Shirouma by Shimura Urei: as published in the Alpine Journal
The photographer, Shimura Urei (1874-1961), was the club’s 18th member, joining immediately after it was launched in the previous October, and remained closely associated all his life – after the great Kanto earthquake of 1923, the club’s office was moved temporarily into his house.

Shimura Urei
Before retiring to Tokyo, Shimura was a teacher at the Nagano middle school. He started out using the school’s camera to record the alpine flowers and landscapes of that mountainous province until, tiring of this mediocre kit, he invested ¥110 – equivalent to two months’ salary or more – to buy himself a top-of-the-line Goertz Dagor lens. He also had to pay porters to carry his camera and tentage up into the mountains. More than one image was lost when the porters, impatient to see a real photograph, ripped open undeveloped plates.

Overcoming such tribulations, Shimura built up a valuable collection of pressed alpine plants that is still preserved, discovering in the process a new kind of flower on Shirouma. A photo of the same mountain was sent to the ubiquitous Walter Weston, now back in England, who used it to accompany an article that the mountaineering missionary published in the Alpine Journal edition of February 1906. Another of Shimura’s photos appeared in Weston’s second book about the Japanese mountains.

Snow valley by Shimura Urei
Shimura’s lengthy explorations of the Japan Alps get him a paragraph in Fukada Kyūya’s One Hundred Mountains of Japan, although more as a pioneer than as a photographer:

The first mountaineer to pass this way was Shimura Urei in the summer of 1907, approaching from Eboshi. As he stood on the summit, he wrote, "I saw a small pond below and to the south, for all the world like an eruption crater … this crater on Washiba is probably a surprise for the world." In that pioneering era, such unexpected discoveries were not uncommon in the Northern Alps. Today, mountaineering is much more convenient but it has lost this element of surprise and wonder. (Washiba-dake)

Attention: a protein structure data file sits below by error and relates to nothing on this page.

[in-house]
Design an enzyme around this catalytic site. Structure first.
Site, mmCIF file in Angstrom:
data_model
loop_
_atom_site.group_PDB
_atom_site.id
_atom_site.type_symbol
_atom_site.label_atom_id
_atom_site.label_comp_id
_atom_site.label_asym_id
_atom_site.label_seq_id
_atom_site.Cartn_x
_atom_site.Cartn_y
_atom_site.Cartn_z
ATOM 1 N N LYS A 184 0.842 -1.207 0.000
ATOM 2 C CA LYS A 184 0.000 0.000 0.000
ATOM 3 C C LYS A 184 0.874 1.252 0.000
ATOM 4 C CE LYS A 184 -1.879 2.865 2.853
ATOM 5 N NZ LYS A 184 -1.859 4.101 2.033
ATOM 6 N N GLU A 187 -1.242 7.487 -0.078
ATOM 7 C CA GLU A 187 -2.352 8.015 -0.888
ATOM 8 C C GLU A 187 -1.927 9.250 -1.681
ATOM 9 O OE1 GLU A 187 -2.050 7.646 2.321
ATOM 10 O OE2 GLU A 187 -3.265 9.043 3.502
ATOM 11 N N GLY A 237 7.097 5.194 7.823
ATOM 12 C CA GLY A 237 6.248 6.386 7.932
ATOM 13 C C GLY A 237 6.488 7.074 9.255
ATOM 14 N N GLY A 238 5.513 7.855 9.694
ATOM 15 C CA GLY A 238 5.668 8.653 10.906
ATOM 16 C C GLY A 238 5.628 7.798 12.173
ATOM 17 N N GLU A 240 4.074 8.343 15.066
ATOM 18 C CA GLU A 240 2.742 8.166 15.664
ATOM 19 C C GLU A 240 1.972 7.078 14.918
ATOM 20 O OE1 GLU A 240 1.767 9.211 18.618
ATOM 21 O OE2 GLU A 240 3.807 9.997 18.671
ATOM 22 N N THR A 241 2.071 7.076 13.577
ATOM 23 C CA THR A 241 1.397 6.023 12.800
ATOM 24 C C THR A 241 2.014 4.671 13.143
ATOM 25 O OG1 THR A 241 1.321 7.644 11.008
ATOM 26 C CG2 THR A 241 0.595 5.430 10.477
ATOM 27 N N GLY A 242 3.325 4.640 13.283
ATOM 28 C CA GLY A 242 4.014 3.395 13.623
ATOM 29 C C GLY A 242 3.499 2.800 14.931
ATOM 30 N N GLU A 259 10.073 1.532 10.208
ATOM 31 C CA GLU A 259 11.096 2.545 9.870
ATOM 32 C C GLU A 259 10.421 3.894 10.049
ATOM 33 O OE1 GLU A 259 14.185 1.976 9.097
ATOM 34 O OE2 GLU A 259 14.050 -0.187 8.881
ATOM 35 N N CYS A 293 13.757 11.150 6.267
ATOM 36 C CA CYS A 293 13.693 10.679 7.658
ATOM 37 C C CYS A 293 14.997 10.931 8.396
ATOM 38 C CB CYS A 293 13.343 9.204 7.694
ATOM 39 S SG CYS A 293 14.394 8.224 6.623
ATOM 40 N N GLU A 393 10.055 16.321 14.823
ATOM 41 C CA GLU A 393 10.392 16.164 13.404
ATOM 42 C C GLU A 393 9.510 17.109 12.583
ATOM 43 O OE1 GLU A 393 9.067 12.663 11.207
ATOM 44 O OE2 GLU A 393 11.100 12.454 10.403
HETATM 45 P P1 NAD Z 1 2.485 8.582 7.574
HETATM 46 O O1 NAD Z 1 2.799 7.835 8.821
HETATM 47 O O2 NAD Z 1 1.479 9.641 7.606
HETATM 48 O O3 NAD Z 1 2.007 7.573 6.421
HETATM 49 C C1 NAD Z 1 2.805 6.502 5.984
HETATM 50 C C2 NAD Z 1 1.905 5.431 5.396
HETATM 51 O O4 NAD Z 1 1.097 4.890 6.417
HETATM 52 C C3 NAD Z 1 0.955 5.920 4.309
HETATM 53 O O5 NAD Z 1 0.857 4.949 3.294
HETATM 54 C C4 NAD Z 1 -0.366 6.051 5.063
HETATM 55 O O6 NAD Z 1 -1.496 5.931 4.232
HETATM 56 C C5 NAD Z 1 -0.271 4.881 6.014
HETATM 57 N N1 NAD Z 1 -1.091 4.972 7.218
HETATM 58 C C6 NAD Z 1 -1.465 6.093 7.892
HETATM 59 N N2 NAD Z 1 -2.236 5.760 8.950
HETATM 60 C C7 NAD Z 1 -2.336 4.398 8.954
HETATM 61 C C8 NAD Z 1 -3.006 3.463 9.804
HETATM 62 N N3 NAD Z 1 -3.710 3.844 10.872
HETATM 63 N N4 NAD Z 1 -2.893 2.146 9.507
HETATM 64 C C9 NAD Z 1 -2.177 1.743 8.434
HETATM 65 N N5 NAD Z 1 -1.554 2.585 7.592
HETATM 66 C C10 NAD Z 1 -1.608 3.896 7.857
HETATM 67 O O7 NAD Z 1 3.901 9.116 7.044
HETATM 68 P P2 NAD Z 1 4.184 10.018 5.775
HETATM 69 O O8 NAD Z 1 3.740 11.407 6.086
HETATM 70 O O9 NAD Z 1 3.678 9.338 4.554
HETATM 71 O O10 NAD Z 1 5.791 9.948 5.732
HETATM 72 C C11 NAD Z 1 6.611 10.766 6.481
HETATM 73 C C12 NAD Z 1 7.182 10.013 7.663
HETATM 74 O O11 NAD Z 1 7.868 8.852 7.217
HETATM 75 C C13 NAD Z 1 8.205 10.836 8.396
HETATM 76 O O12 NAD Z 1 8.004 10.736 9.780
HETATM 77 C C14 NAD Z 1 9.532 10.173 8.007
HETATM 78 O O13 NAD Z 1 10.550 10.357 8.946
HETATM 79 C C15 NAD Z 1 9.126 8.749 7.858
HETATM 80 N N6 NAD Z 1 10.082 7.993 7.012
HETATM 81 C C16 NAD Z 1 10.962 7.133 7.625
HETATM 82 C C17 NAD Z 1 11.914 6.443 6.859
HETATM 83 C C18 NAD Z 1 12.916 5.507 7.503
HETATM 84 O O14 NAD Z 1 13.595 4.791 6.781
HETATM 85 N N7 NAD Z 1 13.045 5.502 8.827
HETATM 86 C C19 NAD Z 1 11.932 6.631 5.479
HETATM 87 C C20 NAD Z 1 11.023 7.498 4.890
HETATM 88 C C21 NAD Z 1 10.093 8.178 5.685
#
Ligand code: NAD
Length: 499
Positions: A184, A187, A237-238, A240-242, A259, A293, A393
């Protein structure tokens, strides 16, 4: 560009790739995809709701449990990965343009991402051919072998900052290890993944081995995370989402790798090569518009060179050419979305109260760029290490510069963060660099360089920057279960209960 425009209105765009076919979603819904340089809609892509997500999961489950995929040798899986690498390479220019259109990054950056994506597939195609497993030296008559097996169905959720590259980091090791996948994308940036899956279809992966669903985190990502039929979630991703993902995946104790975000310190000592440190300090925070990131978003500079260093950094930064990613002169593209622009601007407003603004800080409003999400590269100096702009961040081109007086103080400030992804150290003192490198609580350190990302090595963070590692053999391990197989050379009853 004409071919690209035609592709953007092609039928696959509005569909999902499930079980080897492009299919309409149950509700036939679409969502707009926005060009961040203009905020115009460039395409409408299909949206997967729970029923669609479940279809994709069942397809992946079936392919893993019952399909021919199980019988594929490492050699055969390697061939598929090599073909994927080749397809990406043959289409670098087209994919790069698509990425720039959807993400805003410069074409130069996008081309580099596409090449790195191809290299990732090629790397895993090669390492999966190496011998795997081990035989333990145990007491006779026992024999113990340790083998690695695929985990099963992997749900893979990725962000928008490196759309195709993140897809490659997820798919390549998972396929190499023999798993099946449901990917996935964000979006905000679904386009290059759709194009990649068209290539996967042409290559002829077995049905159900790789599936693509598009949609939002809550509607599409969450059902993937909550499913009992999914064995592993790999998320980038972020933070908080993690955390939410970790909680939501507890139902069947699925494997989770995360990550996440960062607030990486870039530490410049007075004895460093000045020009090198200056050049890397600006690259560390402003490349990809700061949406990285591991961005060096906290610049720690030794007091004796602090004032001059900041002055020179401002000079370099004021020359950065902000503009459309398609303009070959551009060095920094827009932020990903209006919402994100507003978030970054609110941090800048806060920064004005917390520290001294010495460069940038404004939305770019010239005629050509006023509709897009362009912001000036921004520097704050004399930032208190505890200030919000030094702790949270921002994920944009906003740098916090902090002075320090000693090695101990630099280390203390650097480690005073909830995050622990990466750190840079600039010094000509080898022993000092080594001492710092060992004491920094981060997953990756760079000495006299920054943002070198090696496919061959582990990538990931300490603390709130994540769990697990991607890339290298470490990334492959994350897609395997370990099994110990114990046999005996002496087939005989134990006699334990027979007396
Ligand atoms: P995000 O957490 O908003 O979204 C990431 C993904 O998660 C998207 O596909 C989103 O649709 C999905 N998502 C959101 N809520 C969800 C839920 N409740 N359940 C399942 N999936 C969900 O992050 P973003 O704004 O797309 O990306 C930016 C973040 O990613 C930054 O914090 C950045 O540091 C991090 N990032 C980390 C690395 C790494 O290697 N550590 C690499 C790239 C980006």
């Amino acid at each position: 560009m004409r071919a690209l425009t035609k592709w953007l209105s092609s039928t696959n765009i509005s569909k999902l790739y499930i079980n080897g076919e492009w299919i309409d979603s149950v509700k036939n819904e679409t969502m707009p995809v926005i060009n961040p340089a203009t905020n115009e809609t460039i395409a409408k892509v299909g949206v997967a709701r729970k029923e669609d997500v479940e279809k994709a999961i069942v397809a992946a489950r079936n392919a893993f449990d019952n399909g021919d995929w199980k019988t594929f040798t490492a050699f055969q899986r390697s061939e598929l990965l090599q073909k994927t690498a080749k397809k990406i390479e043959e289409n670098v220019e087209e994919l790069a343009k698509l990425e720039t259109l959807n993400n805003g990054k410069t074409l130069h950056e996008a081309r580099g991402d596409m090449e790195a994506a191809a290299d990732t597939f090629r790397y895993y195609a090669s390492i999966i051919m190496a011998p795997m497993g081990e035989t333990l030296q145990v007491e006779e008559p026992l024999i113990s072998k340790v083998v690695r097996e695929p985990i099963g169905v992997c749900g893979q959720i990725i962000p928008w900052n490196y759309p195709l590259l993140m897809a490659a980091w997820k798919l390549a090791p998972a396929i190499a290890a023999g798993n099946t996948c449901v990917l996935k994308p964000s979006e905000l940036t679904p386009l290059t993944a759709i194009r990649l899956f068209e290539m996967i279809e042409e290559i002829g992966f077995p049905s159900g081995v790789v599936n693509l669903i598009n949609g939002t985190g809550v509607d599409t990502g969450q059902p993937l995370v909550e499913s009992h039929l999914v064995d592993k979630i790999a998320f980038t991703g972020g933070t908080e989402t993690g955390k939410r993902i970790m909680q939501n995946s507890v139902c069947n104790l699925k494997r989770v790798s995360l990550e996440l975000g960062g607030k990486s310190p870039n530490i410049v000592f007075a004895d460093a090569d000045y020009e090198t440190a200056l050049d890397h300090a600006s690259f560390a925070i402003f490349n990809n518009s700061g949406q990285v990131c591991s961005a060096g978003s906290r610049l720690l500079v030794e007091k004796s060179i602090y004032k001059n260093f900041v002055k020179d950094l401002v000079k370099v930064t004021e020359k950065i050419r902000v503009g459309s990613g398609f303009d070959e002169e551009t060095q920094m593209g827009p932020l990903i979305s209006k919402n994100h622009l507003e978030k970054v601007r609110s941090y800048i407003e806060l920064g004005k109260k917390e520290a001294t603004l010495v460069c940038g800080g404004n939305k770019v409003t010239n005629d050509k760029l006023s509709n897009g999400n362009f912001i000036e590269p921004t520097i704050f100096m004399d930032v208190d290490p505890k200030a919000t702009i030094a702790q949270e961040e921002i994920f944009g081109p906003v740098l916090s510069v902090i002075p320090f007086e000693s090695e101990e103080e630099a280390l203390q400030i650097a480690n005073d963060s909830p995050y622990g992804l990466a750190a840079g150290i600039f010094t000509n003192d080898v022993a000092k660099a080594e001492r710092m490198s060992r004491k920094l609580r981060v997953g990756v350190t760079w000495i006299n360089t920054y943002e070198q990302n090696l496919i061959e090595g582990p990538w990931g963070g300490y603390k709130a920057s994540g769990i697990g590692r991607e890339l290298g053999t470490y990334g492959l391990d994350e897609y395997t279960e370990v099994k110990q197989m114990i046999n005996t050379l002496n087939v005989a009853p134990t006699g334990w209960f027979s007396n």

Many other members of the early Japanese Alpine Club, notably the scientists, took their cameras into the mountains. Glass slides were favoured, presumably for their scientific precision, by Tsujimoto Mitsumaru (1877-1940), who had won an international reputation for his discovery of squalene.

Rock shelter in the Northern Alps, by Tsujimoto Mitsumaru
Takeda Hisayoshi (1883-1972), a founder member who later authored the first guide to Japan’s alpine plants, took photos to document his botanical forays. As for his kit, a Goerz Roll-Tenax and a favourite Piccolette accompanied him on his second trip to the Oze marshes, in 1924, as well as three lenses, twenty-odd films and photographic plates.

Another JAC founder, Takano Takazō, the entomologist, collated eight collections of mountain photography under the series title of “High mountains, deep valleys” (高山深渓) between 1910 and 1917, assisted by a group of about 15 fellow enthusiasts. Meanwhile, Tanaka Kaoru (1898-1982) used his camera on his geological excursions, and Kanmuri Matsujirō (1883-1970) extensively photographed the Kurobe Valley, often using new-fangled film cameras for their lightness and convenience in that rugged terrain.

Hokari Misuo
One who stuck with traditional glass plates, for their artistic properties, was Hokari Misuo (1891-1966). An uomo universale of the Japan Northern Alps, Hokari’s life centred around Yari-ga-take, the so-called Matterhorn of Japan.

As mass mountaineering arrived in Japan, he opened the mountain’s first hut, in Yarisawa, in 1917 (Taishō 6) and a decade later, built another, on the col below the peak, which is still owned and operated by his descendants. He also wrote a biography of Banryū, the monk who first climbed Yari, a book that Fukada Kyūya later acclaimed as “masterly”.

Hokkari's original hut in Yarisawa
Although his equipment may have been old-style, there was nothing traditional about Hokari’s marketing. In 1921, he opened a gallery, the Hokari Shashinkan, in a decisive step away from the gentlemanly amateurism of the Japan Alpine Club. For Hokari looked to his photos for at least part of his living, like those other grand masters of black-and-white alpine photography, the Abraham brothers of Keswick, the Tairraz père et fils of Chamonix, Bradford Washburn and Jürgen Winkler.

The Taisho eruption of Yake-dake, by Hokkari Misuo

Particularly memorable are the prints showing the volcano of Yake-dake, both during and after the Taishō eruption of 1915 that created the eponymous pond. Many since Hokari’s day have photographed the mountain and its lakelet, but few to such effect.
Yake-dake after the eruption, by Hokari Misuo


Hokari's view camera

Next: How Japan's mountain photographers headed for the Himalaya

Wednesday, June 7, 2017

Images and ink (37)